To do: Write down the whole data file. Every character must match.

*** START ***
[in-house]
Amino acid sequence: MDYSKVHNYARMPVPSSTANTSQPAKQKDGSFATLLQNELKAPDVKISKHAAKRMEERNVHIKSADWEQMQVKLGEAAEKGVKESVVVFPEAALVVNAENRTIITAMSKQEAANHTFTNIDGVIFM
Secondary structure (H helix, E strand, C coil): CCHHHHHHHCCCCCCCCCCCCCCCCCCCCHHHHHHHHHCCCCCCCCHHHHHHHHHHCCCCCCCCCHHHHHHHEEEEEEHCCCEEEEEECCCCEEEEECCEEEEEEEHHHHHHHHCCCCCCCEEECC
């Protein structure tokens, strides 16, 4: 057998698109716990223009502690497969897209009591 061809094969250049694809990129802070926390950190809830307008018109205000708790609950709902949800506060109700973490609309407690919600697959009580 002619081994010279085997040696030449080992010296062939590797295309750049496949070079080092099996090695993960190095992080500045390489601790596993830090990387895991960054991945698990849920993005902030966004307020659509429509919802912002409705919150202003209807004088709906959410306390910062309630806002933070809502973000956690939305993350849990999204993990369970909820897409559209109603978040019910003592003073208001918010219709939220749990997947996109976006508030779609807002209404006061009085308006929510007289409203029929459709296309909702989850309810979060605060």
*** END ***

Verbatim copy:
[in-house]
Amino acid sequence: MDYSKVHNYARMPVPSSTANTSQPAKQKDGSFATLLQNELKAPDVKISKHAAKRMEERNVHIKSADWEQMQVKLGEAAEKGVKESVVVFPEAALVVNAENRTIITAMSKQEAANHTFTNIDGVIFM
Secondary structure (H helix, E strand, C coil): CCHHHHHHHCCCCCCCCCCCCCCCCCCCCHHHHHHHHHCCCCCCCCHHHHHHHHHHCCCCCCCCCHHHHHHHEEEEEEHCCCEEEEEECCCCEEEEECCEEEEEEEHHHHHHHHCCCCCCCEEECC
């Protein structure tokens, strides 16, 4: 057998698109716990223009502690497969897209009591 061809094969250049694809990129802070926390950190809830307008018109205000708790609950709902949800506060109700973490609309407690919600697959009580 002619081994010279085997040696030449080992010296062939590797295309750049496949070079080092099996090695993960190095992080500045390489601790596993830090990387895991960054991945698990849920993005902030966004307020659509429509919802912002409705919150202003209807004088709906959410306390910062309630806002933070809502973000956690939305993350849990999204993990369970909820897409559209109603978040019910003592003073208001918010219709939220749990997947996109976006508030779609807002209404006061009085308006929510007289409203029929459709296309909702989850309810979060605060």